Habitat Conservation

When habitats are threatened, so are the animals who live there.

A Monumental Issue

Teaser Image: 
Fisher, © John Jacobson / WA Department of Fish and wildlife
Item Type: 
How You Can Help

Taken straight out of a fairytale scene, the Berryessa Snow Mountain region is loved by all who visit its grassy slopes bursting with wildflowers and lakes surrounded by wildlife quietly drinking at the shoreline.

Ecosystem Services

Healthy habitats generate many benefits for humans as well as wildlife. Natural processes create healthy soil, clean and abundant water, fertile crops, and protection from flooding and climate extremes. These benefits we receive from nature are often called ecosystem services.

People also value nature - including the fish, wildlife and plants within it - for many reasons. In addition to providing food, water, clothing and building materials, nature offers cultural and spiritual benefits, recreational opportunities and an endless source of beauty.

Display Dynamic Feature: 
1
Teaser Image: 
Forest, © Mark Kimmet / istockphoto
Item Type: 
Habitat Conservation

Gaining Ground

Item Type: 
On the Blog
Billboard Image: 
Prairie Dogs, © Michelle Thomas
Teaser Image: 
Prairie Dogs, © Michelle Thomas

Saving Sage-grouse from “The Core Problem”

Teaser Image: 
Sage-Grouse, Photo: USFWS Mountain Prairie
Item Type: 
On the Blog

by Courtney Sexton

Unfortunately, and although the Wyoming plan has its merits, key components of the strategy are not in accord with the best available science on sage-grouse and are unlikely to protect sage-grouse from ongoing threats, particularly oil and gas drilling. “In fact, federal agencies and other states should avoid adopting the Wyoming strategy if their goal is to conserve sage-grouse,” says Defenders’ sage-grouse expert, Mark Salvo.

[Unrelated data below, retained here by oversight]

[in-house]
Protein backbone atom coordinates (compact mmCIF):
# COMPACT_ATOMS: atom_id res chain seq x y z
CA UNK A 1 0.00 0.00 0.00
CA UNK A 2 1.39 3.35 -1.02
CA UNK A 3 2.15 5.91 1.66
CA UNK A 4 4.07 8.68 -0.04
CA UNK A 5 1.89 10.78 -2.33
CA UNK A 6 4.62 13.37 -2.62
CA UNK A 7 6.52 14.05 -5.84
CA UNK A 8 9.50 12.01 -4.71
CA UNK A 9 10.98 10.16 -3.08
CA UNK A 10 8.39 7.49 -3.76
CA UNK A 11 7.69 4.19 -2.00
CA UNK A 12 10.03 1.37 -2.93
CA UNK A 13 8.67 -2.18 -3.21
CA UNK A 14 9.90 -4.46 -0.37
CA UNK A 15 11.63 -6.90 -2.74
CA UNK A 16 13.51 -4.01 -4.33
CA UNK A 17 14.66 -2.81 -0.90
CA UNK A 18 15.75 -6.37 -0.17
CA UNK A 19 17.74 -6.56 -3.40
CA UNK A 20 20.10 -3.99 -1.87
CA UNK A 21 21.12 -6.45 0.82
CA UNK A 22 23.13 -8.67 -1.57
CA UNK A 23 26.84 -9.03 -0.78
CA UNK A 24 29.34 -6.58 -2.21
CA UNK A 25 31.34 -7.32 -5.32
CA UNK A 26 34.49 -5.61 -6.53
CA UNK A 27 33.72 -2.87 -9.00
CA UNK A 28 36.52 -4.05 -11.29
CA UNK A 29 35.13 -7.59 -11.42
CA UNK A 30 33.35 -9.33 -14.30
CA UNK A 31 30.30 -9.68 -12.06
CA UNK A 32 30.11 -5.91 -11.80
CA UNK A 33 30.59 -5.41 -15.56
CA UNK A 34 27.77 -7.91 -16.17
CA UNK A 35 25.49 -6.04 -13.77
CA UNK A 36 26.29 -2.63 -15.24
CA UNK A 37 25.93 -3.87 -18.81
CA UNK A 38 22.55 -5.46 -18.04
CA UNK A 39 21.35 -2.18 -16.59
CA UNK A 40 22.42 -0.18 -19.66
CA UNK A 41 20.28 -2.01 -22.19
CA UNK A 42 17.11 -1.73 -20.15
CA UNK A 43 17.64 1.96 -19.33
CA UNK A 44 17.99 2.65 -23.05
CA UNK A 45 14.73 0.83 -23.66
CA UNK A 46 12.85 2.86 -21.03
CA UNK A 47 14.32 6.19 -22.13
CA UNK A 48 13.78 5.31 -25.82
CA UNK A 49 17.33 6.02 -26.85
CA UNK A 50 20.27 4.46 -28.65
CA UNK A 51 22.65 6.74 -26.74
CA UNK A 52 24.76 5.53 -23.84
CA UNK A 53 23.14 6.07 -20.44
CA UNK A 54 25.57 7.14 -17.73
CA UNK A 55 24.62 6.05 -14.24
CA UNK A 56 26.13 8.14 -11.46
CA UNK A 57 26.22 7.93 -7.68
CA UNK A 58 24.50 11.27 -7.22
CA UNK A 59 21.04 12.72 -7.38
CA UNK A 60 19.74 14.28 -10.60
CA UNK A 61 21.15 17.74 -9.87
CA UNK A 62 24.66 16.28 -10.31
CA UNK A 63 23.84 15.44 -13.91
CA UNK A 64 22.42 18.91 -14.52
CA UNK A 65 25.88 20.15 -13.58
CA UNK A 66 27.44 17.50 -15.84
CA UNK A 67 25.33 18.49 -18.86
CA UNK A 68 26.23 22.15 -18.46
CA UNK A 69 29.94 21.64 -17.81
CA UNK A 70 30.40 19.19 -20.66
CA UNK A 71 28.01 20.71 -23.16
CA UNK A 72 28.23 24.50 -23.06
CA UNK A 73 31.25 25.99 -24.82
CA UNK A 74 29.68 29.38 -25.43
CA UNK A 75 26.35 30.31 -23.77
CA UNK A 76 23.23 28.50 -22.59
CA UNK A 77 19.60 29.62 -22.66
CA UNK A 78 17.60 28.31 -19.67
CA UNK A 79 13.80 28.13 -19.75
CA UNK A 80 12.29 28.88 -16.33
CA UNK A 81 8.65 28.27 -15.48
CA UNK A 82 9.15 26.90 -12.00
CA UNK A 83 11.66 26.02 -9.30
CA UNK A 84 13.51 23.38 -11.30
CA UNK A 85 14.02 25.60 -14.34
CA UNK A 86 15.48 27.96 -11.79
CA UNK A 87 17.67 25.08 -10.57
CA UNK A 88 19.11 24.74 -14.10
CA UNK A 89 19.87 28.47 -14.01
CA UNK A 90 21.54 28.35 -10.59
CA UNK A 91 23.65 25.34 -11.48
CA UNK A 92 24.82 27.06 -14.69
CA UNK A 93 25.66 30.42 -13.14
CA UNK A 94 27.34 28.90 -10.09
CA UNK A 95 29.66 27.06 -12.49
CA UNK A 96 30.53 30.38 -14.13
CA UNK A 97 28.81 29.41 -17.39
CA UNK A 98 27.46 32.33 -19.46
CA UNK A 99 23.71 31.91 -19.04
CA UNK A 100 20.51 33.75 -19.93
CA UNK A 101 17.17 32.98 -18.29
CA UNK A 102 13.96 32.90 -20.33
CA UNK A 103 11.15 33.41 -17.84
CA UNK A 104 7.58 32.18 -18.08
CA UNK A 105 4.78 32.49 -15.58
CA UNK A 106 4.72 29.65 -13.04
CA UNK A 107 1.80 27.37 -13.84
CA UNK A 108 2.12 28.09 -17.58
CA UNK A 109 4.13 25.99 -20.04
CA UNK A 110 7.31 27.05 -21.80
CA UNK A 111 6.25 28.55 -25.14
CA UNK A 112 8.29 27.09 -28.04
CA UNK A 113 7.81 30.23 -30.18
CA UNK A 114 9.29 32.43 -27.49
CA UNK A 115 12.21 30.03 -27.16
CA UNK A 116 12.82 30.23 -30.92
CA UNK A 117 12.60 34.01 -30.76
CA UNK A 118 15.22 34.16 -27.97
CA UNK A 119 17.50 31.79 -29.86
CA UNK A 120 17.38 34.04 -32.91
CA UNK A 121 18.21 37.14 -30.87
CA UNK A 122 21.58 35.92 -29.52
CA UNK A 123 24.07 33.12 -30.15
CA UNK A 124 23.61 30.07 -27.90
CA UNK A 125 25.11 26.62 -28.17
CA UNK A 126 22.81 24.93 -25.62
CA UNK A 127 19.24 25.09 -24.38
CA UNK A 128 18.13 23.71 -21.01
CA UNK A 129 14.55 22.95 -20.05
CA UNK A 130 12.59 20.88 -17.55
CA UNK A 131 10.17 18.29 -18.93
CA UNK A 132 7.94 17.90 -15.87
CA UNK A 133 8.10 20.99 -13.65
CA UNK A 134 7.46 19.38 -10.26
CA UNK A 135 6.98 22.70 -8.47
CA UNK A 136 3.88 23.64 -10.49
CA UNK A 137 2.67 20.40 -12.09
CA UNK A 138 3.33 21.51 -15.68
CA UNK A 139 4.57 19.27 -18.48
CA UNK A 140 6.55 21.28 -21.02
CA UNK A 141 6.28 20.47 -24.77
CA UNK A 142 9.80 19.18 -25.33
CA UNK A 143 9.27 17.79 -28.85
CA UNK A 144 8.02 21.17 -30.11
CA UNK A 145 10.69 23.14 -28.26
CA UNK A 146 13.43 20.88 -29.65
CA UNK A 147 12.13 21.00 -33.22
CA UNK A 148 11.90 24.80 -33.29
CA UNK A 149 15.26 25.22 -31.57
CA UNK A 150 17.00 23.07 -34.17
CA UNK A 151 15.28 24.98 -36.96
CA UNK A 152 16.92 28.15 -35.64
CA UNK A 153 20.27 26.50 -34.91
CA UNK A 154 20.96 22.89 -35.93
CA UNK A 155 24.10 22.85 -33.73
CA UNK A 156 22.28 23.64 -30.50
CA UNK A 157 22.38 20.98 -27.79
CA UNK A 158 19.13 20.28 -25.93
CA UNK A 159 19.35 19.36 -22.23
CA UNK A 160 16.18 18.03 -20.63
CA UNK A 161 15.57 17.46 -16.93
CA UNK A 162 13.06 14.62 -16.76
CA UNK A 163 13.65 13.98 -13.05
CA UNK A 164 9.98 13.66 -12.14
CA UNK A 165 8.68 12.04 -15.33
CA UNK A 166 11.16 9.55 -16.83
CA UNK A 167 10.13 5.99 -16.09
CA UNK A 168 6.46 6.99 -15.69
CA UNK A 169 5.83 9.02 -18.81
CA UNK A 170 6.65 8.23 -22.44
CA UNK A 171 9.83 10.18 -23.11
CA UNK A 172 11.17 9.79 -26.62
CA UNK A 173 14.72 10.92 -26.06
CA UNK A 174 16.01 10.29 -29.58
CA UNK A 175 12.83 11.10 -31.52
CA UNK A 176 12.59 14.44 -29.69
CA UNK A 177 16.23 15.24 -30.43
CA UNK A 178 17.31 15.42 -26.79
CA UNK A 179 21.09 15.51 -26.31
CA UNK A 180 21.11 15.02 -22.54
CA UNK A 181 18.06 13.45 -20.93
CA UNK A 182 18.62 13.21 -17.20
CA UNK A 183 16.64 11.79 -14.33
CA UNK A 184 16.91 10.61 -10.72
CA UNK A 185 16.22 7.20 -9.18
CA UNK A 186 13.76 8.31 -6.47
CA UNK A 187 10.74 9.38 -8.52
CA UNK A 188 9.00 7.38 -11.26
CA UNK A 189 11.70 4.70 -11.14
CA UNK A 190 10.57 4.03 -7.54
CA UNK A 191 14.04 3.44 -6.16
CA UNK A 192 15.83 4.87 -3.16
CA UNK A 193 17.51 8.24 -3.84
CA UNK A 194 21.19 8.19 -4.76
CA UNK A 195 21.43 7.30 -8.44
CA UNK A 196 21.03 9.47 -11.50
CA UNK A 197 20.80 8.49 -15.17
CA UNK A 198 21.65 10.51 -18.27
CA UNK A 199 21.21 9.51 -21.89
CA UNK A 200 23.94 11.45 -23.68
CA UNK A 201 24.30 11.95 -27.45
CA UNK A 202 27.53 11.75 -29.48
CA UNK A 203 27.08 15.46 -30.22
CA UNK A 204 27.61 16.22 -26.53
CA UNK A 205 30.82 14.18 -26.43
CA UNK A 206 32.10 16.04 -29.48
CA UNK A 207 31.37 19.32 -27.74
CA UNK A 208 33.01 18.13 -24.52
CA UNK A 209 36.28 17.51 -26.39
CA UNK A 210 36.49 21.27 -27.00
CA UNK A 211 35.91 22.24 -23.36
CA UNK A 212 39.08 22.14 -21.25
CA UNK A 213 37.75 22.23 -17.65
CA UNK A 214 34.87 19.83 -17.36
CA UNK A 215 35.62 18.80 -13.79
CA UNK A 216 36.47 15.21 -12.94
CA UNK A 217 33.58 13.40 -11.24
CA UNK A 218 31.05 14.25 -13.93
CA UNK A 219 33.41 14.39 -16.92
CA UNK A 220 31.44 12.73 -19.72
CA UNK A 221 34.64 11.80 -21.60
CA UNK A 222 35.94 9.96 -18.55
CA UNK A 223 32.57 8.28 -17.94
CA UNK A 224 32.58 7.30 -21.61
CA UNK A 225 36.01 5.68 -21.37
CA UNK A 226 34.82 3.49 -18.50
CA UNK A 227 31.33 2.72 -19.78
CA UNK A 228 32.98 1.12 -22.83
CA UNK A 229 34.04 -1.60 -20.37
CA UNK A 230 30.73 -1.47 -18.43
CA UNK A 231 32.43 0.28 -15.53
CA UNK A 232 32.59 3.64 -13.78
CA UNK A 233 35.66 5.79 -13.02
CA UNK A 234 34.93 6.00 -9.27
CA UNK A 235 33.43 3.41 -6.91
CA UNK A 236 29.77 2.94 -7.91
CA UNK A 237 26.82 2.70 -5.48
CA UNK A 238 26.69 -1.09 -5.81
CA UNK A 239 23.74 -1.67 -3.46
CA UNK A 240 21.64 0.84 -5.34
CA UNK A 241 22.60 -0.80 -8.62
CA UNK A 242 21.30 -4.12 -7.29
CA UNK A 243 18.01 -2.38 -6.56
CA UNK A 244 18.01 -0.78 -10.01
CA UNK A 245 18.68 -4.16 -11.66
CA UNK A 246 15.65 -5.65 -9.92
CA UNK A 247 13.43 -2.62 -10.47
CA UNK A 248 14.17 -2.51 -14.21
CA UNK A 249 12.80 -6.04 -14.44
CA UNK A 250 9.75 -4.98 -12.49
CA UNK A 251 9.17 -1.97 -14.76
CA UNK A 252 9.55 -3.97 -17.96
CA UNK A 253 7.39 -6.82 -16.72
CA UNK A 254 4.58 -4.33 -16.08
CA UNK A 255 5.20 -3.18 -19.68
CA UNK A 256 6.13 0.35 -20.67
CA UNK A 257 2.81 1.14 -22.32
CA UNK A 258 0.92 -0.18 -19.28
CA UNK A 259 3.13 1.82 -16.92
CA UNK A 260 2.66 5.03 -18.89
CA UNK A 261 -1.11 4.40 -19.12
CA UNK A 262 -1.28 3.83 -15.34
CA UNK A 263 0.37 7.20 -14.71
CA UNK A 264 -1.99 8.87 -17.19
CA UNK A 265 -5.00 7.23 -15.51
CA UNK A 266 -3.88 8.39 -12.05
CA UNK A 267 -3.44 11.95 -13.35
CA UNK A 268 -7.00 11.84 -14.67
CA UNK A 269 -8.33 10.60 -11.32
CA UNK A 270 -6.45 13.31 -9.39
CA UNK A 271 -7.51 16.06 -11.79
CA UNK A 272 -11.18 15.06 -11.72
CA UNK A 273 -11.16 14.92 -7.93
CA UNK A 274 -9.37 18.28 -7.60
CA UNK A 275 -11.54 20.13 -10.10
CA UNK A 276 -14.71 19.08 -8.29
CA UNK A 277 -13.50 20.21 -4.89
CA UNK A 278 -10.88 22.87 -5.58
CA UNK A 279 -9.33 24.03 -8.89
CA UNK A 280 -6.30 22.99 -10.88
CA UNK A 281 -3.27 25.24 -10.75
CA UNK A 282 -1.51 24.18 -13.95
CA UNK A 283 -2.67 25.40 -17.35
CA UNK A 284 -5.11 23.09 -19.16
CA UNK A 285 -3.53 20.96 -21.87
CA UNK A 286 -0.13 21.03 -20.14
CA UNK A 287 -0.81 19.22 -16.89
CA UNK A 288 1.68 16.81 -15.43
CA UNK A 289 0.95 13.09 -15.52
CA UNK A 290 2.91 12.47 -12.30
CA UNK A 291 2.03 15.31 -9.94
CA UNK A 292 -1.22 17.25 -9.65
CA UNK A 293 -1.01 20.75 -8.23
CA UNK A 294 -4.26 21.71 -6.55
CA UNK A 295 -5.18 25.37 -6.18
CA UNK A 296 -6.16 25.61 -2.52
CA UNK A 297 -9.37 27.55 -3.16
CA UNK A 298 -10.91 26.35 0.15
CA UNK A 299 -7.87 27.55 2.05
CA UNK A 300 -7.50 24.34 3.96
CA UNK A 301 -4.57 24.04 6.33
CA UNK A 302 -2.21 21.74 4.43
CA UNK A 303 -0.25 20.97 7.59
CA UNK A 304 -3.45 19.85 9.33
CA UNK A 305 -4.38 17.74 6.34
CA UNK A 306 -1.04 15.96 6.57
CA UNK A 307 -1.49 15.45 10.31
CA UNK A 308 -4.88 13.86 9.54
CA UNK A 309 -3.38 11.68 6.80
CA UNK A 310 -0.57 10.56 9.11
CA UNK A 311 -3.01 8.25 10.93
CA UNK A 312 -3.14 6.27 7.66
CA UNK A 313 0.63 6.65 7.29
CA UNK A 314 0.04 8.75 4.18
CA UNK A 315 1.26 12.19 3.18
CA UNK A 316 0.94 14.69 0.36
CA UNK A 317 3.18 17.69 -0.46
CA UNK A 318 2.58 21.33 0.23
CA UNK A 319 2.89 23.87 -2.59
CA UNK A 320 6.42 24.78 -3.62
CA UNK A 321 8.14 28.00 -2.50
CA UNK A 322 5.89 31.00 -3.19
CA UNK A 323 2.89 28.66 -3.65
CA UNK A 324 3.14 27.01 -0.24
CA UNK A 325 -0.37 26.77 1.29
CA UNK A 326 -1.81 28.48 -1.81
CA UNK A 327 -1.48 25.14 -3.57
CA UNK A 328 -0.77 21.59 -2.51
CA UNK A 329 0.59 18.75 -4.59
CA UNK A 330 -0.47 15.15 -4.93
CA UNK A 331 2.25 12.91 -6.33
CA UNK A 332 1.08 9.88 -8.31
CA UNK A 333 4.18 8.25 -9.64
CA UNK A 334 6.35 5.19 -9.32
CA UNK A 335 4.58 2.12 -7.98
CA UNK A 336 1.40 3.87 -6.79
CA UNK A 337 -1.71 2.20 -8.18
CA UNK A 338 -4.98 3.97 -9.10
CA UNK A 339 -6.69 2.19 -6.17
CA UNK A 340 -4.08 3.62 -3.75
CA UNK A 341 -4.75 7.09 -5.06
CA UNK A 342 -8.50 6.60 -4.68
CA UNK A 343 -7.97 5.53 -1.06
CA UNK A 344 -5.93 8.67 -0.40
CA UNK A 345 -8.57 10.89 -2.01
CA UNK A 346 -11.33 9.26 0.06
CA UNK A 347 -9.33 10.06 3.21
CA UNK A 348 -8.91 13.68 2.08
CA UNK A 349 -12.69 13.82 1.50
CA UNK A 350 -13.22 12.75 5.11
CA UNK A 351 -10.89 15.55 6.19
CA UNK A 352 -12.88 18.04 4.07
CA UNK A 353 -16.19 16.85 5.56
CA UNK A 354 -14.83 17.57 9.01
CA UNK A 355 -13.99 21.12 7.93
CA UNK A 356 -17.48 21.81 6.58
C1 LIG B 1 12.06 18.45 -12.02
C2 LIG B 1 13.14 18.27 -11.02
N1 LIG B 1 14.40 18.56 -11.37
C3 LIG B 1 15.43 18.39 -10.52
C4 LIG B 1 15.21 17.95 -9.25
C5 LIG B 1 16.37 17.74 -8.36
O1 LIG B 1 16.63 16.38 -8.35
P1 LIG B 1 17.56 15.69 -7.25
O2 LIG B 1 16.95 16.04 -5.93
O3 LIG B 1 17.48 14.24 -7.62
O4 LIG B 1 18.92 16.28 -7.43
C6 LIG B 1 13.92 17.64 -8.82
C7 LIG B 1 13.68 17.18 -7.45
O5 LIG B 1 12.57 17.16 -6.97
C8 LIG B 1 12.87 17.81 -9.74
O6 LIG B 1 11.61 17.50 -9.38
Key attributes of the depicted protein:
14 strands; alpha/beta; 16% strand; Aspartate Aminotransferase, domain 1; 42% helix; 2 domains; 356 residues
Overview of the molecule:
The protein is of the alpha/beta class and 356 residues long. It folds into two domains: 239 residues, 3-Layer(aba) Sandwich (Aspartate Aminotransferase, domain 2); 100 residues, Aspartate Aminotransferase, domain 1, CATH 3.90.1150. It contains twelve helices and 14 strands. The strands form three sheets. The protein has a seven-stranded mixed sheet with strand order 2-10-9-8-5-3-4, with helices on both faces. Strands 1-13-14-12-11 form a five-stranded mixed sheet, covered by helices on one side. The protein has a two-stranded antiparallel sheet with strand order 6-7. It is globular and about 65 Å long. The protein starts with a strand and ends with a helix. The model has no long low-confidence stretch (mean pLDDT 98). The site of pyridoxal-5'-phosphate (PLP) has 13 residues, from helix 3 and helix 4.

Defenders Report: Trouble for Sage-grouse in Wyoming

FOR IMMEDIATE RELEASE

July 11, 2014

Contact: Courtney Sexton, csexton@defenders.org, 202-772-0253

Defenders Report: Trouble for Sage-grouse in Wyoming

Wyoming sage-grouse strategy inadequate to protect the species

2014 Farm Bill

Congress reauthorizes the Farm Bill every five years. Defenders is working to guide the rulemaking process and implementation of the 2014 Farm Bill to have the greatest positive impact for conservation. We are advocating for regulations that:

Display Dynamic Feature: 
1
Teaser Image: 
Conservation buffer, © Lynn Betts/USDA NRCS
Item Type: 
Habitat Conservation

Agriculture and the Farm Bill

Eighty percent of threatened and endangered species rely on privately-owned land for their habitat needs. The majority of this land is managed by farmers, ranchers and forest landowners, and the actions taken on those lands have a big impact on the health of ecosystems. This makes policies and programs for private lands, like federal agricultural policy, an extremely important part of our work to protect wildlife.
Display Dynamic Feature: 
1
Teaser Image: 
Conservation buffer, © Lynn Betts/USDA NRCS
Item Type: 
Habitat Conservation

Defenders in Action: BLM Public Lands

The Bureau of Land Management (BLM) administers more than 258 million acres of public lands, primarily in the 11 western states and Alaska.
Display Dynamic Feature: 
1
Teaser Image: 
Desert, © Julia Chen
Item Type: 
Habitat Conservation

Pages

Subscribe to RSS - Habitat Conservation